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29720 Views 4 Replies Latest reply: Jun 12, 2014 6:24 AM by verai RSS
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Nov 20, 2012 12:15 PM

Hall Effect Sensors or Reed Sensors?

How do I know whether my application is better suited to a Hall effect sensor or a reed sensor?

  • VanessaW Novice 7 posts since
    Oct 5, 2012
    Currently Being Moderated
    Nov 21, 2012 1:08 PM (in response to electrogeek)
    Hall Effect Sensors or Reed Sensors?

    Although they are both magnetic proximity sensors, Hall effect sensors & reed sensors are significantly different in the way they function.  A Hall effect sensor is a three-wire, solid-state device whose output changes when exposed to a magnetic field.  A reed sensor, on the other hand, is electrically a switch, with tiny contacts that open or close in the absence or presence of a magnetic field.  In many applications either device could be used, but there are also some situations where one technology may be preferable over the other.  A Hall effect sensor may be preferable to a reed sensor if you have the following requirements:


    - Unlimited life.  For example, if you are interested in sensing a spinning magnet that will operate a sensor billions of times, you should consider a Hall effect sensor.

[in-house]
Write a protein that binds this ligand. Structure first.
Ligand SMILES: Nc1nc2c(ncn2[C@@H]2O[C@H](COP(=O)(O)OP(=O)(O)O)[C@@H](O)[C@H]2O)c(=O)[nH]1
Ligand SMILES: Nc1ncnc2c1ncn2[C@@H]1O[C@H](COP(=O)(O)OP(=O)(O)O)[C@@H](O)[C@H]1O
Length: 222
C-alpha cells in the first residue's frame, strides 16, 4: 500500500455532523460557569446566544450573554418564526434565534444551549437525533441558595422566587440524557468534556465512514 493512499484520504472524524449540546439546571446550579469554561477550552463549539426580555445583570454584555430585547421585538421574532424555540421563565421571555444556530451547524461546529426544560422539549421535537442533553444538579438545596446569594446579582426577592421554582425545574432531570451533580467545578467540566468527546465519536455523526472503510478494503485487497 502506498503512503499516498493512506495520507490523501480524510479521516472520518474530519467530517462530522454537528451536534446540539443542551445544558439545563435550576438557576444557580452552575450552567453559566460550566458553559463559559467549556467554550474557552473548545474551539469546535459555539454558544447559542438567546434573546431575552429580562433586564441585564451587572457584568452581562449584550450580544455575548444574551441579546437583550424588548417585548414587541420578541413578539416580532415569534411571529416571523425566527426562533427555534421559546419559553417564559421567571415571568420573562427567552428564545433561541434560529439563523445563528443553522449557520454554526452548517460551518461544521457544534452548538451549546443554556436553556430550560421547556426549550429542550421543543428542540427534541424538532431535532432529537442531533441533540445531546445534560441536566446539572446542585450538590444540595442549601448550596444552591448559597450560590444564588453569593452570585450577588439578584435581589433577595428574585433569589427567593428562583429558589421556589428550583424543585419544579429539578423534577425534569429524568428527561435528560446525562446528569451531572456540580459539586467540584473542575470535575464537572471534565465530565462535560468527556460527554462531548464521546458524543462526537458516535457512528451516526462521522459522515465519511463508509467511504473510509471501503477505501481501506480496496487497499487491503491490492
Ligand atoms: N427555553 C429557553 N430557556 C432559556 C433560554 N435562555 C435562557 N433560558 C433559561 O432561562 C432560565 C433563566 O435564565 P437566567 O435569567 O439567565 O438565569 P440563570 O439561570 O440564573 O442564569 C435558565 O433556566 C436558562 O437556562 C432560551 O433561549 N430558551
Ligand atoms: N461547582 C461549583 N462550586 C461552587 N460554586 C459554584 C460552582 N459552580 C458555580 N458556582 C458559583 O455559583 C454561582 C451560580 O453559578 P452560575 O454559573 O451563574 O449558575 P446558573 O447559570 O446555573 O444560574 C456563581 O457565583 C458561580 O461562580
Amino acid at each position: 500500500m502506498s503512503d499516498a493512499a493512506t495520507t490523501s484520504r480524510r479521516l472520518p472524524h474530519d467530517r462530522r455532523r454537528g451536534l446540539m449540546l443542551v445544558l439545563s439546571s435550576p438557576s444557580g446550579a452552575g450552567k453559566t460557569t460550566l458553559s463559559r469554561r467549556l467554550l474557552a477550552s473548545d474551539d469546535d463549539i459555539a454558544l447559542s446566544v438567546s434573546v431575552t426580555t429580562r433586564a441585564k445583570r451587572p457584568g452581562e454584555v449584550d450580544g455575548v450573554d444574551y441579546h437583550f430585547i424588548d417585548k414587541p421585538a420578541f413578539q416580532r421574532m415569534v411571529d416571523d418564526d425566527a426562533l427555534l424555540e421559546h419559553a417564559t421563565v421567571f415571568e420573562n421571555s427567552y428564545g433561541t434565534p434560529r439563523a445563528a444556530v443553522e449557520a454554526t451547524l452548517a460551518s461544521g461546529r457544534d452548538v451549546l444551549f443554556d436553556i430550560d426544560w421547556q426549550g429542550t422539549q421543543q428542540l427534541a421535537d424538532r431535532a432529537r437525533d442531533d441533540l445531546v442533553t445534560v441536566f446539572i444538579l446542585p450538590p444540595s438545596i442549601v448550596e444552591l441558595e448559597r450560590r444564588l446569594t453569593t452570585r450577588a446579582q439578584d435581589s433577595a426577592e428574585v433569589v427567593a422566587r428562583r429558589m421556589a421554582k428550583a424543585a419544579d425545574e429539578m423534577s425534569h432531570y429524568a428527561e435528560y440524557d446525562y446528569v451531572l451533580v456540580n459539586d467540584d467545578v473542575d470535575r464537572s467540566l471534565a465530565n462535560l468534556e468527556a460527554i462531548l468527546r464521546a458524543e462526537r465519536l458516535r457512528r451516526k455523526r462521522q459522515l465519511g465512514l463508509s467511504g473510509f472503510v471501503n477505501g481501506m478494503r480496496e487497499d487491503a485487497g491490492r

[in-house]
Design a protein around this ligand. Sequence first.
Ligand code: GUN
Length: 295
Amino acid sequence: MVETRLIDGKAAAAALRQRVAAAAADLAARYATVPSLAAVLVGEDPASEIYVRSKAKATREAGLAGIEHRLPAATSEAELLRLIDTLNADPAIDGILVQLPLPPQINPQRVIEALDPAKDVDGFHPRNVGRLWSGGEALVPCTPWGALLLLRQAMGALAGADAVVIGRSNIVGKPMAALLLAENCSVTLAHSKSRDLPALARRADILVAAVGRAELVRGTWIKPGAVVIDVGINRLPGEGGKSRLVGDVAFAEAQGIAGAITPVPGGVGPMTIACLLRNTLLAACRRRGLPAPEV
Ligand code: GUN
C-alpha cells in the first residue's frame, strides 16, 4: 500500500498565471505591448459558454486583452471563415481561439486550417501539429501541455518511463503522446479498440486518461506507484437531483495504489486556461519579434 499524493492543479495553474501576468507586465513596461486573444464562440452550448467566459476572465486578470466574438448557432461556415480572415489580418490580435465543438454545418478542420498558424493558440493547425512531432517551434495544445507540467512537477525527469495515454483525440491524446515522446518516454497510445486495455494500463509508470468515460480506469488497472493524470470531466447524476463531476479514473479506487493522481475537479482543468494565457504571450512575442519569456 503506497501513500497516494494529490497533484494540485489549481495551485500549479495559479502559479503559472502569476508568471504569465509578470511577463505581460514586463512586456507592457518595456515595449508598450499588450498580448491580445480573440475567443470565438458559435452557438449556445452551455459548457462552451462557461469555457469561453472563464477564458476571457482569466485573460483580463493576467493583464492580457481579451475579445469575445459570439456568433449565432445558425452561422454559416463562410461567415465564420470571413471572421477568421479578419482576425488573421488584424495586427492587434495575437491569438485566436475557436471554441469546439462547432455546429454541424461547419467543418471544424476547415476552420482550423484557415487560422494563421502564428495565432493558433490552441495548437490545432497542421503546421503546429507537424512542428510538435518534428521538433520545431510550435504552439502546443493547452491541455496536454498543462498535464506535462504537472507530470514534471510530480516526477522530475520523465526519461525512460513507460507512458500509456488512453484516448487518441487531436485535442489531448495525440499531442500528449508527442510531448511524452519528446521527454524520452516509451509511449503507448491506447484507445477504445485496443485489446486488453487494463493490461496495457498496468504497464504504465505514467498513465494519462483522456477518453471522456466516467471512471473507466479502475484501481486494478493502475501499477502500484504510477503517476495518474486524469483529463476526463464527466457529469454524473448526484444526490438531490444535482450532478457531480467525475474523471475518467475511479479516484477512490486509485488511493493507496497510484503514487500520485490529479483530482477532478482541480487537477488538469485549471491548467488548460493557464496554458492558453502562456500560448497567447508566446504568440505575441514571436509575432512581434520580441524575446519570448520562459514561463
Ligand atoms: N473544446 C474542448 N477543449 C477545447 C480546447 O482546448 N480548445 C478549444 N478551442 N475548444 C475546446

Reed sensors generally have very long life compared to other electro-mechanical devices, but they cannot match the virtually infinite life of a Hall effect sensor.

  • MetMan Apprentice 43 posts since
    Oct 24, 2011
    Currently Being Moderated
    Nov 28, 2012 3:30 PM (in response to electrogeek)
    Hall Effect Sensors or Reed Sensors?

    I would add that Hall effect sensors are 3-terminal powered devices that usually require a 3V or 5V power supply and usually in the range of 10-20mA although some lower power Hall effect sensors have been released recently.


    The reed switch being mechanical has only 2-terminals and requires no power to operate and so can be simpler to implement.  Some newer reed switches are also rated for billions of cycles.

  • Novice 4 posts since
    Nov 19, 2012
    Currently Being Moderated
    Dec 27, 2012 10:30 AM (in response to electrogeek)
    Hall Effect Sensors or Reed Sensors?

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